Cells Under Flow

In their natural environment, endothelial cells are constantly exposed to physical and biochemical stimuli that can alter cell permeability. Laminar shear stress due to blood flow is a principal regulator of systemic endothelial cell gene expression, morphology, and the production of soluble mediators. Its importance is highlighted by pathological processes associated with reduced or absent laminar shear stress, including atherosclerosis. Endothelial transport of macromolecules has been shown to be responsive to flow shear stress, hydrostatic pressure, thermal shock, and agonists such as histamine and thrombin. The ECIS I-Flow and P-Flow solutions use combine different pump technologies with ECIS flow arrays to allow researchers to study endothelial permeability in vitro under complex shear flow conditions. Continuous or programmed pulsed pump profiles can be created. Flow arrays are available with varying channel sizes and electrode combinations. A "Y" channel flow array is also available to simulate vessel branching for arteriosclerosis research.

The I-Flow and P-Flow systems use syringe and peristaltic pumps respectively to create shear stress conditions within ECIS flow arrays. The ECIS system then monitors continuously the TEER of cell monolayers exposed the shear stress conditions. This allows for the dynamic changes in TEER to be recorded due to changes in flow rates, addition of vasoactive compounds under flow conditions, or the introduction of secondary cells. Stock ECIS flow arrays create laminar shear stress across the cells. Turbulent flow can be created by customizing the ECIS flow arrays.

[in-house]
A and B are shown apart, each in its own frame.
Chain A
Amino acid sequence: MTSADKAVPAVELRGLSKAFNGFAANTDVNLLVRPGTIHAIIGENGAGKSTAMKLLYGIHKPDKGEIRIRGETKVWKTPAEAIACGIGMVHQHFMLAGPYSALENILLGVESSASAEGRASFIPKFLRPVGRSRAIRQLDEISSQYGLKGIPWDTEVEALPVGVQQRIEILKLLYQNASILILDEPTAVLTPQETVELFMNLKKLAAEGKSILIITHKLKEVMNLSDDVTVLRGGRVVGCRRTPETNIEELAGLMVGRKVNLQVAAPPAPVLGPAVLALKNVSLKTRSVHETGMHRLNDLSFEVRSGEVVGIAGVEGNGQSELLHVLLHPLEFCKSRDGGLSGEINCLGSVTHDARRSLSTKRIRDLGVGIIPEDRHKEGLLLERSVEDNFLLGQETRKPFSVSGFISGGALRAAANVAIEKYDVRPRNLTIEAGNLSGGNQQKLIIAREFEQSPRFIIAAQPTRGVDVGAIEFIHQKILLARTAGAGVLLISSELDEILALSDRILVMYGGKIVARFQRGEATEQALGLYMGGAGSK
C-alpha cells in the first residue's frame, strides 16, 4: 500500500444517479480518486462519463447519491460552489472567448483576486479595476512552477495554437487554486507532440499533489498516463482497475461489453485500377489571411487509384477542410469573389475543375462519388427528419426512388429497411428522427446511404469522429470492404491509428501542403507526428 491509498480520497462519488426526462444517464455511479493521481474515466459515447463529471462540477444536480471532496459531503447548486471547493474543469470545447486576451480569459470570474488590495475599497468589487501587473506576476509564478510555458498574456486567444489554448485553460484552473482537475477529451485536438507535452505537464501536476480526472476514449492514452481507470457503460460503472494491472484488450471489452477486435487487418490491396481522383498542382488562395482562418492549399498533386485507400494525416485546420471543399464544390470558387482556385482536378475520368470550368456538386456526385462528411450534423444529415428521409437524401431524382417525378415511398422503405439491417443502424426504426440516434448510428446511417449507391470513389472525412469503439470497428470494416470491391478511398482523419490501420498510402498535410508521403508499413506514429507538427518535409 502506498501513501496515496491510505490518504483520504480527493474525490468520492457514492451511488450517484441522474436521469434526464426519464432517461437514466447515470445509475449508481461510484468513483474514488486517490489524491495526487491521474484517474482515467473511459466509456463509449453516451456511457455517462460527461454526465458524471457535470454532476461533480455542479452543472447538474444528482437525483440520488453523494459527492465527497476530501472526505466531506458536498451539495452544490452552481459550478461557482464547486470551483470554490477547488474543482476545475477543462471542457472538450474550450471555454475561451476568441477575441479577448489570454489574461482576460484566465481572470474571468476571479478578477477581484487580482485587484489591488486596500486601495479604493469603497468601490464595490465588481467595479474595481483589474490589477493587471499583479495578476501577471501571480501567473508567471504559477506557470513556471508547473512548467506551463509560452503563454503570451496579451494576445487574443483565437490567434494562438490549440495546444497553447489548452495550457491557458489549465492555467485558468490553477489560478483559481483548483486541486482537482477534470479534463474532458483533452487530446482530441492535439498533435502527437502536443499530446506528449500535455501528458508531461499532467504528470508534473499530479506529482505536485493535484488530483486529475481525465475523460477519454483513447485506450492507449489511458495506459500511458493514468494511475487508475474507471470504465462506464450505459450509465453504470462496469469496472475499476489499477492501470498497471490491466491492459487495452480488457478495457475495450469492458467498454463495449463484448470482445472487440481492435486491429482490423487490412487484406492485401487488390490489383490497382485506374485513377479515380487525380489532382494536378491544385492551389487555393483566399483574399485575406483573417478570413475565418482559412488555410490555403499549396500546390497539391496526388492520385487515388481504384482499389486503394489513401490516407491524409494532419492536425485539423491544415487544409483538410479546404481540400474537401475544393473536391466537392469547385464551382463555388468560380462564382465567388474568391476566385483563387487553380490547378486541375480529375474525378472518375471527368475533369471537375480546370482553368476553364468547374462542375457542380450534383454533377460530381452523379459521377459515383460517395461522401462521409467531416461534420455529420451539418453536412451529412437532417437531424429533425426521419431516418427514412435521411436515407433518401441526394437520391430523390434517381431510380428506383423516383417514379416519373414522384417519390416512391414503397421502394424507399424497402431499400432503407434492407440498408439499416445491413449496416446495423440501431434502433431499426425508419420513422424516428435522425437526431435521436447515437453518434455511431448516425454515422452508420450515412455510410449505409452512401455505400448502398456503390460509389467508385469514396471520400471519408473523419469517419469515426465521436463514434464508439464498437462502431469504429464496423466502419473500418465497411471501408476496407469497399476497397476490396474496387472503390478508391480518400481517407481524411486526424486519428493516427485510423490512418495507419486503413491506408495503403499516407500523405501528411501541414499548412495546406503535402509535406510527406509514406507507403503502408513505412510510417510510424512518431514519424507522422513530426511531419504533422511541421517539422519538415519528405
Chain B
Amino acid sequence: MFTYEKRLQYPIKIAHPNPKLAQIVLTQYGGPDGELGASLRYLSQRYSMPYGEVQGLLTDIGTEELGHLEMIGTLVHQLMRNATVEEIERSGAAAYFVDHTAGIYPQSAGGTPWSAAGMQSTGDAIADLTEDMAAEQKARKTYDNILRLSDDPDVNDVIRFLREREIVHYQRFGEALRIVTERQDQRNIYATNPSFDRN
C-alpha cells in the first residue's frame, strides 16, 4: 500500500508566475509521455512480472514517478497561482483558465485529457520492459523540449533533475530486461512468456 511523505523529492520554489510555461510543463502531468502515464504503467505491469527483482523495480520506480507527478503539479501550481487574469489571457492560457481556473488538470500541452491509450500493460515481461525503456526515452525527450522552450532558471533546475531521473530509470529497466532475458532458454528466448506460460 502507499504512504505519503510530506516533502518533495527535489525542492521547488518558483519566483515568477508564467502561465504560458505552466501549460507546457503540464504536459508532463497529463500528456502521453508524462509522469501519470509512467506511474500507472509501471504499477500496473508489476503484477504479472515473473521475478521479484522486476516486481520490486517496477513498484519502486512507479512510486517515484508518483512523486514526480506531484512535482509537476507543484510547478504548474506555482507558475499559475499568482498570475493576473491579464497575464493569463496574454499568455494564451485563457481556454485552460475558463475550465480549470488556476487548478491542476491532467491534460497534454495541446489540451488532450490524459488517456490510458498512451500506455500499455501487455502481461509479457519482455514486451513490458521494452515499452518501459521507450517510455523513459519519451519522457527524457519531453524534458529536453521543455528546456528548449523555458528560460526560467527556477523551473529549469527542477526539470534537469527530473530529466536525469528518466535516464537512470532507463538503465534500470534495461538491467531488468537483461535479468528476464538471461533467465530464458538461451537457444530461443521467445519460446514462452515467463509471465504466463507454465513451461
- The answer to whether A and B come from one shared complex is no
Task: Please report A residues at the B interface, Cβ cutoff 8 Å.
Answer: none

Shikataa, Y., Riosa, A., Kawkitinaronga, K., DePaolab, N., Garciaa, J.G.N., Birukov, K.G., "Differential effects of shear stress and cyclic stretch on focal adhesion remodeling, site-specific FAK phosphorylation, and small GTPases in human lung endothelial cells." Experimental Cell Research Volume 304, Issue 1, 40-49 (2005).

*DePaola, N., Phelps, J.E., Florez, L., Keese, C.R., Giaever,I., Minnear, F.L., and Vincent, P. "Electrical Impedance of Cultured Endothelium Under Fluid Flow.", Annals of Biomedical Engineering 29, pp. 1-9 (2001)

Phelps, J.E., and DePaola, N. "Spatial Variation in Endothelial Barrier Function in Disturbed Flows inVitro." American Journal of Physiology: Heart and Circulatory Physiology, 278: H469-H476, (2000).

*Bovine aortic endothelial cells were grown to confluence on the ECIS array and introduced into the flow chamber. The resistive portion of the impedance (normalized to the starting value) was monitored with an ECIS system and is presented as a function of time. Flow is turned on and off as indicated by the arrows. Data was collected every minute and error bars are shown every 15 minutes.